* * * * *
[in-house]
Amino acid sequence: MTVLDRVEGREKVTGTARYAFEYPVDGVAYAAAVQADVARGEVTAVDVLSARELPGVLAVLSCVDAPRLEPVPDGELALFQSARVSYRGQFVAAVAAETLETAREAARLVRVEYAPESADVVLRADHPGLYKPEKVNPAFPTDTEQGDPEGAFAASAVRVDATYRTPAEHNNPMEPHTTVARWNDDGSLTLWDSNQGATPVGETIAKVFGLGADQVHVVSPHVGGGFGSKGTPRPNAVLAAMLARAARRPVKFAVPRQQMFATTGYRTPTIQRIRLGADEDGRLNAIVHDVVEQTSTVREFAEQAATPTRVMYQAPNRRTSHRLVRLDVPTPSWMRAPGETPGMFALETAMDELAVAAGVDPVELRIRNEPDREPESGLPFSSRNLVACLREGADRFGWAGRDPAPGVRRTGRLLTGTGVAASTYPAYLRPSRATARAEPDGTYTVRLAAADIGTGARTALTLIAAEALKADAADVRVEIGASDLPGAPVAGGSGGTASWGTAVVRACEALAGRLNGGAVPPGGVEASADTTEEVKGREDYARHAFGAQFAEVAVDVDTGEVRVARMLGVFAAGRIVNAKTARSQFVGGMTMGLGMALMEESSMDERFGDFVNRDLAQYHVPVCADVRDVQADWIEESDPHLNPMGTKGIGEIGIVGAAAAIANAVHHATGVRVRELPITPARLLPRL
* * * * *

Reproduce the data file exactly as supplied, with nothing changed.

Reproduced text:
[in-house]
Amino acid sequence: MTVLDRVEGREKVTGTARYAFEYPVDGVAYAAAVQADVARGEVTAVDVLSARELPGVLAVLSCVDAPRLEPVPDGELALFQSARVSYRGQFVAAVAAETLETAREAARLVRVEYAPESADVVLRADHPGLYKPEKVNPAFPTDTEQGDPEGAFAASAVRVDATYRTPAEHNNPMEPHTTVARWNDDGSLTLWDSNQGATPVGETIAKVFGLGADQVHVVSPHVGGGFGSKGTPRPNAVLAAMLARAARRPVKFAVPRQQMFATTGYRTPTIQRIRLGADEDGRLNAIVHDVVEQTSTVREFAEQAATPTRVMYQAPNRRTSHRLVRLDVPTPSWMRAPGETPGMFALETAMDELAVAAGVDPVELRIRNEPDREPESGLPFSSRNLVACLREGADRFGWAGRDPAPGVRRTGRLLTGTGVAASTYPAYLRPSRATARAEPDGTYTVRLAAADIGTGARTALTLIAAEALKADAADVRVEIGASDLPGAPVAGGSGGTASWGTAVVRACEALAGRLNGGAVPPGGVEASADTTEEVKGREDYARHAFGAQFAEVAVDVDTGEVRVARMLGVFAAGRIVNAKTARSQFVGGMTMGLGMALMEESSMDERFGDFVNRDLAQYHVPVCADVRDVQADWIEESDPHLNPMGTKGIGEIGIVGAAAAIANAVHHATGVRVRELPITPARLLPRL